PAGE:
US government and police go to great lengths to hide spy tactics

Stan Ward

Stan Ward

June 20, 2014

Barack Obama swept into office in six years ago with the promise to bring transparency to government. Unfortunately, that has not happened. His administration has been mired in one controversy after another surrounding the surveillance actions of the NSA and its tepid response in reforming government abuses. The obnoxious spying practices by government agencies continues amid Administration promises to reign in the practices. Yet another round of complaints is being heard as a different kind of intrusive snooping by the government has been uncovered.

Local police forces nationwide, emboldened by the metadata collection of spy agencies and flush with money from federal grants, have engaged in a new, secretive information gathering technique which enables them to extract cell phone data from peoples’ homes. The practice employs International Mobile Subscriber Identity (IMSI) catchers- also more commonly known as Stingrays.

These are like fake cell phone towers which are mounted on police vans that can be pointed toward any given area and force every phone in the area to connect to it. You don’t have to be engaged in a conversation for the Stingray to work. It will detail who you’ve been calling, for how long, and give your precise location.

This abuse of privacy has been conducted without warrants as the local police and federal government have not acknowledged using the tactic. Moreover, the Associated Press (AP) reported this week that the Obama administration has been telling local law enforcement to keep information on Stingrays secret from the press. According to the AP:

Federal involvement in local open records proceeding is unusual. It comes at a time when President Barack Obama has said he welcomes a debate on government surveillance and called for more transparency about spying in the wake of disclosures about classified federal surveillance programs.

Examples of subterfuge used to avoid disclosing use of the Stingray device include the hiding of records from the ACLU by US Marshalls, even though access to the files was approved in a valid records request by the ACLU. The USA Today, in publishing news about the Stingray problem, also uncovered another police tactic called “cellphone tower dumps”.

When police agencies don’t have Stingrays at their disposal, they can go to cell phone providers to access the cellphone location information of everyone who has connected to a specific cell tower. This practice sweeps up thousands of innocent citizens in the dragnet. And this plays right into the game-plan of the NSA in relying on a strategy that collecting massive amounts of data is permitted as long as the courts aren’t aware of it.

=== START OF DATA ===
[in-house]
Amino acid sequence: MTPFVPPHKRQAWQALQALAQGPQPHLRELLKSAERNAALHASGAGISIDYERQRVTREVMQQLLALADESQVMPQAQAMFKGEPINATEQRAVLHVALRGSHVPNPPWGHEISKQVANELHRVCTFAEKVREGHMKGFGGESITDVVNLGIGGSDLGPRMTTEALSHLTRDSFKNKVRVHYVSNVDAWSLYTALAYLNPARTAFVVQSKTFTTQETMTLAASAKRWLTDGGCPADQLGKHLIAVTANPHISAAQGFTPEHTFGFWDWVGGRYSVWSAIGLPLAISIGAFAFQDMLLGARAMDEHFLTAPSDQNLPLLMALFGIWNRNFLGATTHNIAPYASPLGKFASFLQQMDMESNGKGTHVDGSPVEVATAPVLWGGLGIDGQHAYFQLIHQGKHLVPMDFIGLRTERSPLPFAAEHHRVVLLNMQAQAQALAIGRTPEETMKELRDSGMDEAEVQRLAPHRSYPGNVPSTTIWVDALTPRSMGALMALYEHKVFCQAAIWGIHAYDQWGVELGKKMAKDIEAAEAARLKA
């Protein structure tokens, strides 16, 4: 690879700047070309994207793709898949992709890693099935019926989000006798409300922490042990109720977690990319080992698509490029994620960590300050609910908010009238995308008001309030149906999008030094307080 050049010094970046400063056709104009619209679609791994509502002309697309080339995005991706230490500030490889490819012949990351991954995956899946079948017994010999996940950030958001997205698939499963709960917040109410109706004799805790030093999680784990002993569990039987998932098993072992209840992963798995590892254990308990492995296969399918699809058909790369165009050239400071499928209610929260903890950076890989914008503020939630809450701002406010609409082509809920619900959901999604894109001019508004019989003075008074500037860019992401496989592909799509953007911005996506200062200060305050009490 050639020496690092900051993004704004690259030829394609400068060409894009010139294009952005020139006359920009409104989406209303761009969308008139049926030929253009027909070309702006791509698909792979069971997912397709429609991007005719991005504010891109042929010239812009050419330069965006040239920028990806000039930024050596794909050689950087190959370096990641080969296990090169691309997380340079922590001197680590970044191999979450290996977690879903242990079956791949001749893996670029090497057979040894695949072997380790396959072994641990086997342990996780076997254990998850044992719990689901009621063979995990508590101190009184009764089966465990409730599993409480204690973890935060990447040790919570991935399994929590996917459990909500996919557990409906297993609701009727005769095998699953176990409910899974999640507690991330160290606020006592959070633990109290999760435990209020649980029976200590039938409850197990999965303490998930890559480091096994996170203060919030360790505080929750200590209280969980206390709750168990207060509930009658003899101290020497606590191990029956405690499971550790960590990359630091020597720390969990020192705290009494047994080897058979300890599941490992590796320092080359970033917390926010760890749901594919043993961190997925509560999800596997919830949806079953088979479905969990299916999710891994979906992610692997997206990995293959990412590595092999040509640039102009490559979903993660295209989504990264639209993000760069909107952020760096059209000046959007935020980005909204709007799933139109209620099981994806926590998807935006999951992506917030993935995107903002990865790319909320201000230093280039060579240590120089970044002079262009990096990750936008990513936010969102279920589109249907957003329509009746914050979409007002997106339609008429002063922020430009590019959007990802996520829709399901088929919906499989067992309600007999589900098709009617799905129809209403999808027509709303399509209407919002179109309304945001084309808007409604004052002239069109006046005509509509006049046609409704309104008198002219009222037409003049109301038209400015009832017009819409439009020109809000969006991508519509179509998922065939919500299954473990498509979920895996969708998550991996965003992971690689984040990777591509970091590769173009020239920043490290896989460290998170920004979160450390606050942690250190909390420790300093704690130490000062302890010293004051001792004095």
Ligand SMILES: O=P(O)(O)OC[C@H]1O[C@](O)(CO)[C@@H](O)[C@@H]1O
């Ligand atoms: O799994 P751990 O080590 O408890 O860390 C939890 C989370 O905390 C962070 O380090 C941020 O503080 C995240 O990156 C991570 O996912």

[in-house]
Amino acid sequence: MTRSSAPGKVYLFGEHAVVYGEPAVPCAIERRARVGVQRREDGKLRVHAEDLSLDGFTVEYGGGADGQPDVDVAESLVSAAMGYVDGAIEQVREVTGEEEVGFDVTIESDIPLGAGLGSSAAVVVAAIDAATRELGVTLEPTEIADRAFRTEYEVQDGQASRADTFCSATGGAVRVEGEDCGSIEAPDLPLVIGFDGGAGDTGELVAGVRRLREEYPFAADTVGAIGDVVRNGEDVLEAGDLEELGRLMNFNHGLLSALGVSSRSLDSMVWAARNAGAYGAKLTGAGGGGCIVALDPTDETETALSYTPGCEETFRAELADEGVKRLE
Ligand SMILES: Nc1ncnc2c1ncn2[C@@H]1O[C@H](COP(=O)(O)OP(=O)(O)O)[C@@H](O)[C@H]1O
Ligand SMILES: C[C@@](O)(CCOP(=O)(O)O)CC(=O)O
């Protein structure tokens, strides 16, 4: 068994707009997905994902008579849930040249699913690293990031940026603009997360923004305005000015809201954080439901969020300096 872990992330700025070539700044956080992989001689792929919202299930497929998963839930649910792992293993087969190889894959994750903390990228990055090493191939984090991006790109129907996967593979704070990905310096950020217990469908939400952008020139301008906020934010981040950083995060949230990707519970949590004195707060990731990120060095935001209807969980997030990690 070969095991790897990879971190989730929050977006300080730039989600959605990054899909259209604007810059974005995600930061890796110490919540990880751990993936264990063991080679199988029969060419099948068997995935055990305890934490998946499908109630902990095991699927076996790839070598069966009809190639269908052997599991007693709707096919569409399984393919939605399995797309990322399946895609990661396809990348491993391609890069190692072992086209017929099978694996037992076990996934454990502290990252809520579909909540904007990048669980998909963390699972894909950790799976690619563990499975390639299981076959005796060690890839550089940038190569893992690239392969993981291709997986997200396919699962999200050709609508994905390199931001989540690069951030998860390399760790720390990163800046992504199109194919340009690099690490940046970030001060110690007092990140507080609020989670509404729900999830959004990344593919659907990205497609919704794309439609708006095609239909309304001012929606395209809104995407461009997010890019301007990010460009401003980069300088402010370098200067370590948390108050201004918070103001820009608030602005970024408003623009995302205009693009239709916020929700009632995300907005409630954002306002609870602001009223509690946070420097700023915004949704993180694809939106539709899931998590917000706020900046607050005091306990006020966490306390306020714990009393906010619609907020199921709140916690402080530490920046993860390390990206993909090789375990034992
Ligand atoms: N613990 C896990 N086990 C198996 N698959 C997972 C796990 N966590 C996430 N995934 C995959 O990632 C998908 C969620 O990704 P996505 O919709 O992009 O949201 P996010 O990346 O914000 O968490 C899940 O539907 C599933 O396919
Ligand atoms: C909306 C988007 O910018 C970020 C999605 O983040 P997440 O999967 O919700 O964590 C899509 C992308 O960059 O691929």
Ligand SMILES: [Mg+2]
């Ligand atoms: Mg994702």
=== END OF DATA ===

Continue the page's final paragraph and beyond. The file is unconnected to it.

These sophisticated devices aren’t cheap. Which raises the question as to how cash strapped municipalities paying for the technology? The answer is that the Defense Department and the Department of Homeland Security are awarding federal grants to the locals to the tune of about $400,000 per Stingray.

This is only one example of the US government “militarizing” local police departments. This phenomenon is only now getting widespread attention. The Obama administration has chosen a policy of silence and turning a blind eye, belying the transparency credentials it boasted during the election campaign.

Fortunately for the average citizen there is hope on the horizon in the form of court action. This week the ACLU won a historic victory in the 11th Circuit Court of Appeals which encompasses Florida, Georgia and Alabama. The court ruled that the police must get a warrant from a judge before vacuuming information about your cell phone from a cell tower. It is assumed that this would include information to be gleaned from the controversial Stingrays.

This case is momentous because it just about ensures that the US Supreme Court will one day have to get involved. Ultimately upon their decision will rest the case of warrantless searches for cell phone information by police. It invariably will have an impact on the NSA’s indiscriminate metadata collection regime. Hopefully the era of unfettered government snooping, whether nationally or locally, is near an end.

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